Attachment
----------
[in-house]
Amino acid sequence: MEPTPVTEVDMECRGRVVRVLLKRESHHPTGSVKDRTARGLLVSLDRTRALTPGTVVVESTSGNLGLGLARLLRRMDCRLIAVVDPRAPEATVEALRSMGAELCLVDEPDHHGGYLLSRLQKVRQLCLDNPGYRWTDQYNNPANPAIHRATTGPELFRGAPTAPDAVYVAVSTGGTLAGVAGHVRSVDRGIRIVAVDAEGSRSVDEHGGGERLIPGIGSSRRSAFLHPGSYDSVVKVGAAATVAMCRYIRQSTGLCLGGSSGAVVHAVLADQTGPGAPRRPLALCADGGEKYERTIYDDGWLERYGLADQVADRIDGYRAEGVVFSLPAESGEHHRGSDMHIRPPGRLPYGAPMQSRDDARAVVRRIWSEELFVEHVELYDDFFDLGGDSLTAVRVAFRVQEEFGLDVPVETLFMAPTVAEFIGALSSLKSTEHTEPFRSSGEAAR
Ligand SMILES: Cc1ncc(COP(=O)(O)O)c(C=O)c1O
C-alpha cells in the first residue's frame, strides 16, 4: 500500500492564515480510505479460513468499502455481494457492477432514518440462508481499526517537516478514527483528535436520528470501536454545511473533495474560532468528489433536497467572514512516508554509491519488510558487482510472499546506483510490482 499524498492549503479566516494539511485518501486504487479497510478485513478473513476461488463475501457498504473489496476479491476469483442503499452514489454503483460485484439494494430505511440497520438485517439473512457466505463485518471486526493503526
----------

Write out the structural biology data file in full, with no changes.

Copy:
[in-house]
Amino acid sequence: MEPTPVTEVDMECRGRVVRVLLKRESHHPTGSVKDRTARGLLVSLDRTRALTPGTVVVESTSGNLGLGLARLLRRMDCRLIAVVDPRAPEATVEALRSMGAELCLVDEPDHHGGYLLSRLQKVRQLCLDNPGYRWTDQYNNPANPAIHRATTGPELFRGAPTAPDAVYVAVSTGGTLAGVAGHVRSVDRGIRIVAVDAEGSRSVDEHGGGERLIPGIGSSRRSAFLHPGSYDSVVKVGAAATVAMCRYIRQSTGLCLGGSSGAVVHAVLADQTGPGAPRRPLALCADGGEKYERTIYDDGWLERYGLADQVADRIDGYRAEGVVFSLPAESGEHHRGSDMHIRPPGRLPYGAPMQSRDDARAVVRRIWSEELFVEHVELYDDFFDLGGDSLTAVRVAFRVQEEFGLDVPVETLFMAPTVAEFIGALSSLKSTEHTEPFRSSGEAAR
Ligand SMILES: Cc1ncc(COP(=O)(O)O)c(C=O)c1O
C-alpha cells in the first residue's frame, strides 16, 4: 500500500492564515480510505479460513468499502455481494457492477432514518440462508481499526517537516478514527483528535436520528470501536454545511473533495474560532468528489433536497467572514512516508554509491519488510558487482510472499546506483510490482 499524498492549503479566516494539511485518501486504487479497510478485513478473513476461488463475501457498504473489496476479491476469483442503499452514489454503483460485484439494494430505511440497520438485517439473512457466505463485518471486526493503526